Malcolm Laughlin <mlaughlinnyc@...>

the steel mills of Buffalo out of coal county(WvA/Va/ Ohio/Ky)would have
moved in whose coal cars other then PRR

PRR was not at all dominant in Buffalo. The largest line connecting the bituminous coal fields with Buffalo was the NYC. It was a secondary main line point for PRR, ERIE and B&O. Although also served by coal roads LV and DL&W, they did not handle much, if any, bituminous.

The nearest large coal area to Buffalo was the Clearfield district. It was served primarily by NYC and PRR. ERIE and B&O also had a few lines in that area and served mines further west in PA.

NYC might also have handled P&LE coal from the Monongahela River area, but that's rather a long haul and it wouldn't make much sense cost wise to send coal from there to Buffalo when that area is so close to the Pittsburgh and Youngstown mills and Clearfield is much closer to Buffalo. It would be interesting to know if there was a significan volume from the P&LE to Buffalo.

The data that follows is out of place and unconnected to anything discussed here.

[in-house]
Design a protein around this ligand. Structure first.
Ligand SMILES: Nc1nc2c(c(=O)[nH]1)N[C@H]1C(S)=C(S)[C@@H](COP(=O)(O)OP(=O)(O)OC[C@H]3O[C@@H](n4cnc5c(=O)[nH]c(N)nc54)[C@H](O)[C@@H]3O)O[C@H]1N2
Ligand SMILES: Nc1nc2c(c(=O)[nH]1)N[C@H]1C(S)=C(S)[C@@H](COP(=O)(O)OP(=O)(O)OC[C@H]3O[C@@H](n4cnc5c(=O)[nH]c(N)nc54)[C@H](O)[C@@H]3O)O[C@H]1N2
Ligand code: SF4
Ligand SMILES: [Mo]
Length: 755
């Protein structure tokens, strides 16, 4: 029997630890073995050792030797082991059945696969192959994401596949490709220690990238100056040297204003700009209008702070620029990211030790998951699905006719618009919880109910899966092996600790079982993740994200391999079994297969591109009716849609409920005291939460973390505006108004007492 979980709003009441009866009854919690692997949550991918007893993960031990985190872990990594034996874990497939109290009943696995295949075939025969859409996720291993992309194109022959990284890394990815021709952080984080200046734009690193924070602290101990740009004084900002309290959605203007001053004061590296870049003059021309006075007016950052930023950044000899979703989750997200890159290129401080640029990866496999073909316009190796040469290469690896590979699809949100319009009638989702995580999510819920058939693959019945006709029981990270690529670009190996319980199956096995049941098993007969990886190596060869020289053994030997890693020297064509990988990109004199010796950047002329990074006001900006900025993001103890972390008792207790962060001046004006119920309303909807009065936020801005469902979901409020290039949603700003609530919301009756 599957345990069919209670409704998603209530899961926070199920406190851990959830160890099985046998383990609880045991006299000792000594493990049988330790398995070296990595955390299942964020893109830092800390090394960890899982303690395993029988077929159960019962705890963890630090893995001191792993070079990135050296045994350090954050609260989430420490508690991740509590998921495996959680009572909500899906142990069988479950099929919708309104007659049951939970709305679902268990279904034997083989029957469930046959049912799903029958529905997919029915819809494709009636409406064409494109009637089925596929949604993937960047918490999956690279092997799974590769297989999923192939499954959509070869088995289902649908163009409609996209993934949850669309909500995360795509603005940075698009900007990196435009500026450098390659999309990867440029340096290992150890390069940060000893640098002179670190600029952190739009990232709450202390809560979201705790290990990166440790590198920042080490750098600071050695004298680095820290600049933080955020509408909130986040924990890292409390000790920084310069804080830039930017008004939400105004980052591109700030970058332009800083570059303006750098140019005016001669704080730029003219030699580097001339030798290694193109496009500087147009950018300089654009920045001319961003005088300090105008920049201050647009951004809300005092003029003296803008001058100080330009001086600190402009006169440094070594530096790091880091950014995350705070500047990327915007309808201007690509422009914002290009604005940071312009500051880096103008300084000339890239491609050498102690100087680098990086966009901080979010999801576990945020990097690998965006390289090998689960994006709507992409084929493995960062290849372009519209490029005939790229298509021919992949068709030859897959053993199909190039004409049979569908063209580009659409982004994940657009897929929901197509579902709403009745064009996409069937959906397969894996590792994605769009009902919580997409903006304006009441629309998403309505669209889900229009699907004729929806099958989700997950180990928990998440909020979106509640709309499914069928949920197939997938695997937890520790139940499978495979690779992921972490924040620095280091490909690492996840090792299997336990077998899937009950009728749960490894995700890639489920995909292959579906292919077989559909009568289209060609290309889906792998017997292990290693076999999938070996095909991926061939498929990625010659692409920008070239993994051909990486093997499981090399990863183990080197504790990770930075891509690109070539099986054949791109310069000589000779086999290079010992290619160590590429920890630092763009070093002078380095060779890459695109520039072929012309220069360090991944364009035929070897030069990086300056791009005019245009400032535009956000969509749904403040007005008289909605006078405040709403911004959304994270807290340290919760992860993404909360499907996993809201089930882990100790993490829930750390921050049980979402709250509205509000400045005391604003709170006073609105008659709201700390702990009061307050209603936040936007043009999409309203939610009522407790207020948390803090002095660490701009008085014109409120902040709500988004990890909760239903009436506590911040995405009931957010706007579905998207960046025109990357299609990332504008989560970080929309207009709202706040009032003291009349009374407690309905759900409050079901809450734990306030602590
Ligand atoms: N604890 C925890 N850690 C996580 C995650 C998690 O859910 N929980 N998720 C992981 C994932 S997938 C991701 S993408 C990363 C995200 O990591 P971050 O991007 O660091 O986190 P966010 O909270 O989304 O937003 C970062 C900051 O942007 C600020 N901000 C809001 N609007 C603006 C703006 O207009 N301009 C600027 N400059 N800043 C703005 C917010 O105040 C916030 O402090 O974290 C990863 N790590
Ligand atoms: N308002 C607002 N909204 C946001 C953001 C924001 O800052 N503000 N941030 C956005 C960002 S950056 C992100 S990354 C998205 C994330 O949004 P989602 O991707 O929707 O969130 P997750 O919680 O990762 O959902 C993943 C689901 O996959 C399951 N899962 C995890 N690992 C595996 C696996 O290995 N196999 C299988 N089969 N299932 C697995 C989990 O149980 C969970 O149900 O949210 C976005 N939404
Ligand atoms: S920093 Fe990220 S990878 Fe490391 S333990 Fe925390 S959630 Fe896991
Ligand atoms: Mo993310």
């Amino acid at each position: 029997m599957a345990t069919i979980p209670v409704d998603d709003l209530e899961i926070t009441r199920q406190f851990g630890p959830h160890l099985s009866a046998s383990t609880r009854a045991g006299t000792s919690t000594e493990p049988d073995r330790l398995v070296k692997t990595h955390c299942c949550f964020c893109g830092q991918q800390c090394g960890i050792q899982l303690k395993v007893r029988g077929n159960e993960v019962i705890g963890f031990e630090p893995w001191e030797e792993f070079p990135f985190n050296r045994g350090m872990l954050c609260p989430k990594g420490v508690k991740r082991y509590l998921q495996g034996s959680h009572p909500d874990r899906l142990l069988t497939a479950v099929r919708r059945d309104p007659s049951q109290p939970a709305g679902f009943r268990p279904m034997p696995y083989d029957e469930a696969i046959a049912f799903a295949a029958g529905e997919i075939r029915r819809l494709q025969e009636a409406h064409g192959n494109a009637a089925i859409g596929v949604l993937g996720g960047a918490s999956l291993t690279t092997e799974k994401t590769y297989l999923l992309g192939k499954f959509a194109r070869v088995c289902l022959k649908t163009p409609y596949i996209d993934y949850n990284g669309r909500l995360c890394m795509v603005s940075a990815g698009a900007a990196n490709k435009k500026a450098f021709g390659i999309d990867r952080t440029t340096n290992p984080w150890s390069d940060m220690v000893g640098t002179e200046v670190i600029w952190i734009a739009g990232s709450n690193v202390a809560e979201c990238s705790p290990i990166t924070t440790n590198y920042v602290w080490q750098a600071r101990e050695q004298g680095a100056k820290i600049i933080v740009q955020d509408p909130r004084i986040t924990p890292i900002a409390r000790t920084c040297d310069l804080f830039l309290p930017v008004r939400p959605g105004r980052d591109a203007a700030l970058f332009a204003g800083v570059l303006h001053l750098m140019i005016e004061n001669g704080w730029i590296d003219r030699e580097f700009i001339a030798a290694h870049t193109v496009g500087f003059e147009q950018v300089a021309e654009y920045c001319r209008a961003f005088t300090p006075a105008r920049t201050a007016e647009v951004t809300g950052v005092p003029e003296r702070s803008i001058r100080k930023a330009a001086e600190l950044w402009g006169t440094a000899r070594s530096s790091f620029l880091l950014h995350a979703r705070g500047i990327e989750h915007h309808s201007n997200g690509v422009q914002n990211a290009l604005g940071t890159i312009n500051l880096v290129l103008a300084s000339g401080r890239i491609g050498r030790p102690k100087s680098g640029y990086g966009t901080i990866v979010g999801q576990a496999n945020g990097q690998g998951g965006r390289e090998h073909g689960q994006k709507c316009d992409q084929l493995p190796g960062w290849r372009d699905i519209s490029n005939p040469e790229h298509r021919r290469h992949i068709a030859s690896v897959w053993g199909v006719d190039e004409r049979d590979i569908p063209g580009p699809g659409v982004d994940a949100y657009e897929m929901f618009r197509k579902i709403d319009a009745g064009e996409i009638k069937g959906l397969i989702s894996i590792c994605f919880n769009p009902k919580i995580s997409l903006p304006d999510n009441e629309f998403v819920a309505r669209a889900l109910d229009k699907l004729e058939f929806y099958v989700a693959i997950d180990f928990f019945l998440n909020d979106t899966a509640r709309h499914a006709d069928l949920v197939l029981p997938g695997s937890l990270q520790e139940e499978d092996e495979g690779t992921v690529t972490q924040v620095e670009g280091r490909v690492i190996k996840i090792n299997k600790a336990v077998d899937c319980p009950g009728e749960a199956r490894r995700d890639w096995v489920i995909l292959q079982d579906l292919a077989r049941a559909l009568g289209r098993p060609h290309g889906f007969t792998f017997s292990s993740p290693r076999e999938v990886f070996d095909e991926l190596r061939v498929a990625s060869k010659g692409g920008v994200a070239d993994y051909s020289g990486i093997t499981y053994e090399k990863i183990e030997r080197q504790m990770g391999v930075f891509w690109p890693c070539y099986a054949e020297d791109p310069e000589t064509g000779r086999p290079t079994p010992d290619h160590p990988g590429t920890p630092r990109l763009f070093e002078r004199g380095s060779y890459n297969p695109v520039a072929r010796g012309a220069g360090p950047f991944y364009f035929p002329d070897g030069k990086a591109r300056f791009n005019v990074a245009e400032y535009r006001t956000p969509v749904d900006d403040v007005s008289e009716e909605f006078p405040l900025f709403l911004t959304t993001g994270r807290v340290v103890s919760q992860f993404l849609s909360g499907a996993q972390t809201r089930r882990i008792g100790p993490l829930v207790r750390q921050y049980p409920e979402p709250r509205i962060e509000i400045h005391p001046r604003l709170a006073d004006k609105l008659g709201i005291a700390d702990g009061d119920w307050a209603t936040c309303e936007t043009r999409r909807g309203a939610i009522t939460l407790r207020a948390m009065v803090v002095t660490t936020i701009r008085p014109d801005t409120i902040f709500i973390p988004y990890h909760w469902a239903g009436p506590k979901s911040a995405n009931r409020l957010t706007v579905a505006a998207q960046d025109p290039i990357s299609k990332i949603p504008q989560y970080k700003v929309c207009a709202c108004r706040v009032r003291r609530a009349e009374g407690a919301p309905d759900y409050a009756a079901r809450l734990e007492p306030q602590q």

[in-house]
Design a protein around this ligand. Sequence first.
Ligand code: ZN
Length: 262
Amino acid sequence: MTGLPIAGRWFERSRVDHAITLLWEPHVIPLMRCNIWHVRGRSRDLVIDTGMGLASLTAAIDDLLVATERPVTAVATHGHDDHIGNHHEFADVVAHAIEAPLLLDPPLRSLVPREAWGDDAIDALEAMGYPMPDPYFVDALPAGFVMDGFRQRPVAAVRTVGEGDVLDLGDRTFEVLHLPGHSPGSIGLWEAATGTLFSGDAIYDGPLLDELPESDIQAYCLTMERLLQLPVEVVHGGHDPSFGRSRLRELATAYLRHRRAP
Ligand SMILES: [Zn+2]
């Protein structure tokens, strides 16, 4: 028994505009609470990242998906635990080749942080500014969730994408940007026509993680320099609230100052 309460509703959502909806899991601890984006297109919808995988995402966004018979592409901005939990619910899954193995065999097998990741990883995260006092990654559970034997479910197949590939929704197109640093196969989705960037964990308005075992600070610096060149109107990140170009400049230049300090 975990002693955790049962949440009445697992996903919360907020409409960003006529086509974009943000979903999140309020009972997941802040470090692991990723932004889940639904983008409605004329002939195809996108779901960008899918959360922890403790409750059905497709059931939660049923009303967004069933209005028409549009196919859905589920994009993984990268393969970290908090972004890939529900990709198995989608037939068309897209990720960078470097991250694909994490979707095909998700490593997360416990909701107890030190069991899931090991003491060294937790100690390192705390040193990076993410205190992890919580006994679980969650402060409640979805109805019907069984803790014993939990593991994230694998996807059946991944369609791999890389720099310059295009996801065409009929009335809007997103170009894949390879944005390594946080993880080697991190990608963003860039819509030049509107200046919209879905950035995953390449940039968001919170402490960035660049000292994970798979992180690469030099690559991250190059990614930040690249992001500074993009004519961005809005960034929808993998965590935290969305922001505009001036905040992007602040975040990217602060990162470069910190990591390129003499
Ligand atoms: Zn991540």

Now to get to the marks of cars. IT depends to a great extent on the origin road. From NYC origins it would be mostly NYC (my guess 70 to 90 %) with s fair number of PRR cars (guess 10 to 20 %), lesser number of B&O and ERIE and random cars from any other NE road. From PRR origins, roughly same picture substituting NYC and PRR marks. I've no idea what the ERIE and B&O car supply situation was like. From P&LE mines it would have been almost all P&LE cars. P&LE was one of the very few railroads in the northeast that was wealthy enough to own enough cars to load mostly its own.

Malcolm Laughlin, Editor 617-489-4383
New England Rail Shipper Directories
19 Holden Road, Belmont, MA 02478

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